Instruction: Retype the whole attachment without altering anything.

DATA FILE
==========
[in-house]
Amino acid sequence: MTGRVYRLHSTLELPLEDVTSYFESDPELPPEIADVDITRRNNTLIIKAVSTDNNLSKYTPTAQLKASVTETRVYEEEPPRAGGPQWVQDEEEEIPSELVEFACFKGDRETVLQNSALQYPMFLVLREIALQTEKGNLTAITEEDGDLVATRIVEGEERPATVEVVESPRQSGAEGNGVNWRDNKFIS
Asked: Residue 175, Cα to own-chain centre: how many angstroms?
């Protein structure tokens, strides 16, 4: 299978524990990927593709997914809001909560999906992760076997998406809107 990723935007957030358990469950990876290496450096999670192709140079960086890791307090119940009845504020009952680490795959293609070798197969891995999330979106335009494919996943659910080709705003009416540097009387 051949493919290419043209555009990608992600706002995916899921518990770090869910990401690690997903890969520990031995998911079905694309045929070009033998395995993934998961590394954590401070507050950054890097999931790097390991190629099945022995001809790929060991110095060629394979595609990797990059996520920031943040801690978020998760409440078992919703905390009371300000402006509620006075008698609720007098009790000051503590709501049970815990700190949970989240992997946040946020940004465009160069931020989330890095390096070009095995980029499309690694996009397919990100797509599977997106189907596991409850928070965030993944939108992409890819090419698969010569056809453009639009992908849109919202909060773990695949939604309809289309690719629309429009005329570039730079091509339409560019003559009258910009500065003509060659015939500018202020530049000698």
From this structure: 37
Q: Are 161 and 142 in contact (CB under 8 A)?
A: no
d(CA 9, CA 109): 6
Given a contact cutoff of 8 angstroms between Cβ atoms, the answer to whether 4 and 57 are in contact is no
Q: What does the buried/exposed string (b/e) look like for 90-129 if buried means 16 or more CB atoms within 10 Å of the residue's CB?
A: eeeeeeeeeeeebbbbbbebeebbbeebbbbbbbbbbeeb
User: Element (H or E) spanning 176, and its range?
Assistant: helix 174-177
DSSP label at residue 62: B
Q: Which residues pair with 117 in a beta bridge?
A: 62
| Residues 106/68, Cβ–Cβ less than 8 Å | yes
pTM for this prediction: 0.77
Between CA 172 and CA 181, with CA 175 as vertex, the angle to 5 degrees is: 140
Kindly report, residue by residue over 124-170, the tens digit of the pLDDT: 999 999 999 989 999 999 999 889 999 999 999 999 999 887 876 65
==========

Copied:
[in-house]
Amino acid sequence: MTGRVYRLHSTLELPLEDVTSYFESDPELPPEIADVDITRRNNTLIIKAVSTDNNLSKYTPTAQLKASVTETRVYEEEPPRAGGPQWVQDEEEEIPSELVEFACFKGDRETVLQNSALQYPMFLVLREIALQTEKGNLTAITEEDGDLVATRIVEGEERPATVEVVESPRQSGAEGNGVNWRDNKFIS
Asked: Residue 175, Cα to own-chain centre: how many angstroms?
């Protein structure tokens, strides 16, 4: 299978524990990927593709997914809001909560999906992760076997998406809107 990723935007957030358990469950990876290496450096999670192709140079960086890791307090119940009845504020009952680490795959293609070798197969891995999330979106335009494919996943659910080709705003009416540097009387 051949493919290419043209555009990608992600706002995916899921518990770090869910990401690690997903890969520990031995998911079905694309045929070009033998395995993934998961590394954590401070507050950054890097999931790097390991190629099945022995001809790929060991110095060629394979595609990797990059996520920031943040801690978020998760409440078992919703905390009371300000402006509620006075008698609720007098009790000051503590709501049970815990700190949970989240992997946040946020940004465009160069931020989330890095390096070009095995980029499309690694996009397919990100797509599977997106189907596991409850928070965030993944939108992409890819090419698969010569056809453009639009992908849109919202909060773990695949939604309809289309690719629309429009005329570039730079091509339409560019003559009258910009500065003509060659015939500018202020530049000698």
From this structure: 37
Q: Are 161 and 142 in contact (CB under 8 A)?
A: no
d(CA 9, CA 109): 6
Given a contact cutoff of 8 angstroms between Cβ atoms, the answer to whether 4 and 57 are in contact is no
Q: What does the buried/exposed string (b/e) look like for 90-129 if buried means 16 or more CB atoms within 10 Å of the residue's CB?
A: eeeeeeeeeeeebbbbbbebeebbbeebbbbbbbbbbeeb
User: Element (H or E) spanning 176, and its range?
Assistant: helix 174-177
DSSP label at residue 62: B
Q: Which residues pair with 117 in a beta bridge?
A: 62
| Residues 106/68, Cβ–Cβ less than 8 Å | yes
pTM for this prediction: 0.77
Between CA 172 and CA 181, with CA 175 as vertex, the angle to 5 degrees is: 140
Kindly report, residue by residue over 124-170, the tens digit of the pLDDT: 999 999 999 989 999 999 999 889 999 999 999 999 999 887 876 65